John McWhorter

Marcin Morzycki

Barbara Partee

Steven Pinker

Geoff Pullum

Ian Roberts

Edward Sapir

Anna Siewierska

Deborah Tannen

Sally Thomason

Larry Trask

Peter Trudgill

Bodo Winter

List B

This is everyone else who was mentioned.

Elzbieta Adamczyk

Uju Anya

Diana Archangeli

Dawn Archer

Laura Arnold

Jenny Audring

Kent Bach

Ad Backus

April Baker-Bell

Rusty Barrett

Michael Beißwenger

Emily Bender

Émile Benveniste

Ricardo Bermúdez-Otero

Katie Bernstein

Catherine Best

Jan Blommaert

Frederick Bodmer

David Britain

Penelope Brown

Siobhan Brownlie

Lyle Campbell

Anne Charity Hudley

Yiya Chen

Lisa Cheng

Andrew Chesterman

Guglielmo Cinque

Guy Cook

Ewa Dabrowska

Katrina Daly Thompson

Helen De Hoop

Hendrik De Smet

Ana Deumert

Jill de Villiers

Jean-Marc Dewaele

Gaston Dorren

Sebastian Dubreil

Rod Ellis

Stephan Elspass

Nick Enfield

Vyvyan Evans

Cathrine Fabricius-Hansen

Charlie Farrington

Esther Figueroa

Charles Fillmore

William Foley

H. W. Fowler

Elaine Francis

Gillian Gallagher

Ginny Gathercole

Anna Giskes

Lila Gleitman

Petra Goedegebuure

Karl-Heinz Göttert

Adele Goldberg

Ernest Gowers

David Gramling

Robert D. Greenberg

Lenore Grenoble

Hubert Haider

Michael Hancher

Jorge Hankamer

Jonathan Harrington

Rebecca Hasselbach

Stefan Hauser

Jeffrey Heath

Irene Heim

Monica Heller

Martin Hilpert

Charles Hockett

Nicole Holliday

Larry Horn

Susan Hunston

Jim Hurford

Nina Hyams

Larry Hyman

Dell Hymes

Mark Johnson

Brian Joseph

Laura Kalin

Noah Katznelson

Geoffrey Khan

Sharese King

Leonid Kogan

Claire Kramsch

Julia Kristeva

Dave Kush

Utpal Lahiri

Robin Lakoff

Howard Lasnik

Julie Legate

Sterre Leufkens

Beth Levin

David Lightfoot

Henning Lobin

Juri Lotman

Martin Luginbühl

Jack Lynch

Dave Malinowski

Peter Matthews

C. M. I. M. Matthiessen

Tony McEnery

Norma Mendoza-Denton

Simon Meier-Vieracker

Craig Melchert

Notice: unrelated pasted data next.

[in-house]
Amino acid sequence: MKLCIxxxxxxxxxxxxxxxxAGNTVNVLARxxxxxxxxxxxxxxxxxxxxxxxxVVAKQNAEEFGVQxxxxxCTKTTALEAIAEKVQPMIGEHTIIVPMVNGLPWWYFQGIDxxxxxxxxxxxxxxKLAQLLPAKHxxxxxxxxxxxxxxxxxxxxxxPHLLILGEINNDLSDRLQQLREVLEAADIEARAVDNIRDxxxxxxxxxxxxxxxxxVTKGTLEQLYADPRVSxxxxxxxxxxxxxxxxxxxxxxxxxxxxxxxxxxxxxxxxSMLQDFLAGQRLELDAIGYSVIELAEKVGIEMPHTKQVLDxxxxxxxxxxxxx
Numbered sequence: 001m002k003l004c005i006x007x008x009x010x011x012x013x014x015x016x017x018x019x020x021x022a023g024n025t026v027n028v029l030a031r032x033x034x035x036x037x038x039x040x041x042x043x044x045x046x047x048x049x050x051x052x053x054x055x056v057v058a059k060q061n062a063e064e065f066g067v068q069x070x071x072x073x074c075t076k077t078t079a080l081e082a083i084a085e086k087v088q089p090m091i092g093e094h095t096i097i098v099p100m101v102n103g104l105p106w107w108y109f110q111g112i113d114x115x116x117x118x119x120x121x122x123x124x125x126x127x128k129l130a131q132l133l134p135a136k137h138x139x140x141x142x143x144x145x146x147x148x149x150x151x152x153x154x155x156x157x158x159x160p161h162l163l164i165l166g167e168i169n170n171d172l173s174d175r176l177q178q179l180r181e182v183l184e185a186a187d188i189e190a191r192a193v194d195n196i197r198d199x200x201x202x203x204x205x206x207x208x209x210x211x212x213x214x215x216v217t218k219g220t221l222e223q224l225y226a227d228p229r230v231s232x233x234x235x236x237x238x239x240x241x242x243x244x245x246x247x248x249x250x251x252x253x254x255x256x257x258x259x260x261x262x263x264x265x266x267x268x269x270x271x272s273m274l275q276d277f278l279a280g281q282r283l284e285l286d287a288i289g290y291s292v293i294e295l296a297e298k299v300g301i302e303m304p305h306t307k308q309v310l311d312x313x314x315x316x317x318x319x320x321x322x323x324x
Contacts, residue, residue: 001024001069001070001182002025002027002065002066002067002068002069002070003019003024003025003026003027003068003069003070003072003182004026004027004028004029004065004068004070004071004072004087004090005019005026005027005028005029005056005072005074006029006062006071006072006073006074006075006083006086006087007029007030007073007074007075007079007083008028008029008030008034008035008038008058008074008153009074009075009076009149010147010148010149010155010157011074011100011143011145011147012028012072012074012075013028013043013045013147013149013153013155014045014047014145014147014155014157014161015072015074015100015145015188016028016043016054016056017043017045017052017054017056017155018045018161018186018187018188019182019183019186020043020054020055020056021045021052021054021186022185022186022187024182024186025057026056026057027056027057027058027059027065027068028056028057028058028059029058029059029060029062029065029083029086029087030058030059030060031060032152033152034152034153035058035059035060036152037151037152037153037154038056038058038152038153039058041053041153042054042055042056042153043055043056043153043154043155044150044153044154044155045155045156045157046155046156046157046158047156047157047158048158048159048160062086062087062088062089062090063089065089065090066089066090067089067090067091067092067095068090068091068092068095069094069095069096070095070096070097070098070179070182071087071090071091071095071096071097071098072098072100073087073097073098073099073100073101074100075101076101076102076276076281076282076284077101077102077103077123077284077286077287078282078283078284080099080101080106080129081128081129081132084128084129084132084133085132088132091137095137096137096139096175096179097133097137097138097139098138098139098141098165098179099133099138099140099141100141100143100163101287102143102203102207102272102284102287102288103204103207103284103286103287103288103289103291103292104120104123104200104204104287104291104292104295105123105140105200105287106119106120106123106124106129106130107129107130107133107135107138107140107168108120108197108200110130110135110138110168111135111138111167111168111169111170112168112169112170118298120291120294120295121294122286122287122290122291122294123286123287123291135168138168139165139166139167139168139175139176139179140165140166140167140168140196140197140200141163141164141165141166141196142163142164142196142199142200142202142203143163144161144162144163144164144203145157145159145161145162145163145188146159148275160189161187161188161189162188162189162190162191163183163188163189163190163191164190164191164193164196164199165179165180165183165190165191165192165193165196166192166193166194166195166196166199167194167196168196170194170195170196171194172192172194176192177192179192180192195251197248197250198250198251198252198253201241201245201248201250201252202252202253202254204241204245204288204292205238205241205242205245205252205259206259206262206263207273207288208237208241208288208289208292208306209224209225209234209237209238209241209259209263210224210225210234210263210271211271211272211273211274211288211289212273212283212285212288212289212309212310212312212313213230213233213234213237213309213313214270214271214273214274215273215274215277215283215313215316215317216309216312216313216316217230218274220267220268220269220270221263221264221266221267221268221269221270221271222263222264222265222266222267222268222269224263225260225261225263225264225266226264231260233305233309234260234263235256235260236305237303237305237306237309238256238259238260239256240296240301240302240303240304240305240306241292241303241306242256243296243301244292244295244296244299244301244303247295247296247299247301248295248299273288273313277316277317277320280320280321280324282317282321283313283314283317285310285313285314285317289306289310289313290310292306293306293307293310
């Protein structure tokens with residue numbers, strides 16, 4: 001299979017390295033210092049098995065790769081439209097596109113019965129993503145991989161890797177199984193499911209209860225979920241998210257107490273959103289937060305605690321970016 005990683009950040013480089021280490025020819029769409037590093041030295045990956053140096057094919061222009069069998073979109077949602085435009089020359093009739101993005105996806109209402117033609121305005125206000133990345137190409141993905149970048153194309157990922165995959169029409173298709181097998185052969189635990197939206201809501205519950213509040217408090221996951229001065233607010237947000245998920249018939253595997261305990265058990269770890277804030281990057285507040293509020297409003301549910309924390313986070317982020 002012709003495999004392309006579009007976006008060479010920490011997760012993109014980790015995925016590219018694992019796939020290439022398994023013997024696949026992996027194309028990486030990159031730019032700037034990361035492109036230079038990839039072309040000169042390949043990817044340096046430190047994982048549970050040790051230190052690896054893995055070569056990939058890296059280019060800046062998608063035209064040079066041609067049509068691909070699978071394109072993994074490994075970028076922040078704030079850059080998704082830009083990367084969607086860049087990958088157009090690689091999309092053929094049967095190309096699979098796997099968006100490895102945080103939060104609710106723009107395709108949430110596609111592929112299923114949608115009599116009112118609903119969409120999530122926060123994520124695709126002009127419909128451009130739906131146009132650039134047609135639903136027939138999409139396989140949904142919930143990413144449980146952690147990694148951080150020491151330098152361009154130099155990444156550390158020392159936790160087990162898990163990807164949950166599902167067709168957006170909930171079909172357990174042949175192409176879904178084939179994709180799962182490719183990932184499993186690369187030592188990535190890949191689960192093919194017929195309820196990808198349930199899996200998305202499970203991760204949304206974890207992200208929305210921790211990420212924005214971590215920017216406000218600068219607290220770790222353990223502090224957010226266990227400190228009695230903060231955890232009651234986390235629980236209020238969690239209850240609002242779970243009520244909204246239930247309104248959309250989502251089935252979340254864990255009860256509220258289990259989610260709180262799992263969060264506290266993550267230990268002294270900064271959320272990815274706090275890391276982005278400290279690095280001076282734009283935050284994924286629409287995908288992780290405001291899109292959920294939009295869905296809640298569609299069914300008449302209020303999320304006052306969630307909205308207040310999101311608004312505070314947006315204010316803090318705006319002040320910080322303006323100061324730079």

Marianne Mithun

Koldo Mitxelena

Robert Moore

Akira Murakami

Lynne Murphy

Terttu Nevalainen

Marco Neves

Andrew Nevins

Corrine Occhino

Nicholas Ostler

Django Paris

Joe Pater

Aneta Pavlenko

Alison Phipps

Ingrid Piller

Lola Pons Rodríguez

Philomen Probert

Vladimir Propp

Malka Rappaport Hovav

Paul Reed

Timo Roettger

Jonathan Rosa

Deniz Rudin

Ivan Sag

Gillian Sankoff

Michelle Sheehan

Jesse Sheidlower

Michael Silverstein

Peggy Speas

Dan Sperber

Lauren Squires

Arran Stibbe

Sali Tagliamonte

Christine Tardy

Anne-Michelle Tessier

Erik Thomas

Steve Thorne

Susanne Tienken

Adam van Compernolle

Berthold van Maris

Marc van Oostendorp

Ariel Vasquez Carranza

Kai von Fintel

Rachel Walker

Henriette Walter

Chantelle Warner

Calvert Watkins

Andreas Willi

Deirdre Wilson

Martina Wiltschko

Tim Wolcott

Walt Wolfram

Marina Yaguello

George Yule

Ben Zimmer


Any list like this should come with an insane number of caveats! For one thing, the replies are skewed by who happens to be following me on Twitter, and who happened to retweet it. For another, the notion of “good writer” wasn’t defined (and quite possibly can’t be): I don’t personally even believe that it’s wholly possible to disentangle prose style and merits of the content. And, thirdly, famous people are more likely to appear on both lists by virtue of their fame.

And finally my own disclaimer: I don’t agree with all of the suggestions. In some cases, I think that they’re a good writer, but a bad person. Or a bad writer, but a good person. Or a good writer and a good person, but a bad linguist… or any combination of the above! But the point of the lists isn’t to represent what I think. Hopefully, instead, it’ll spread good vibes and encourage people to take a look at writing by people they haven’t checked out before.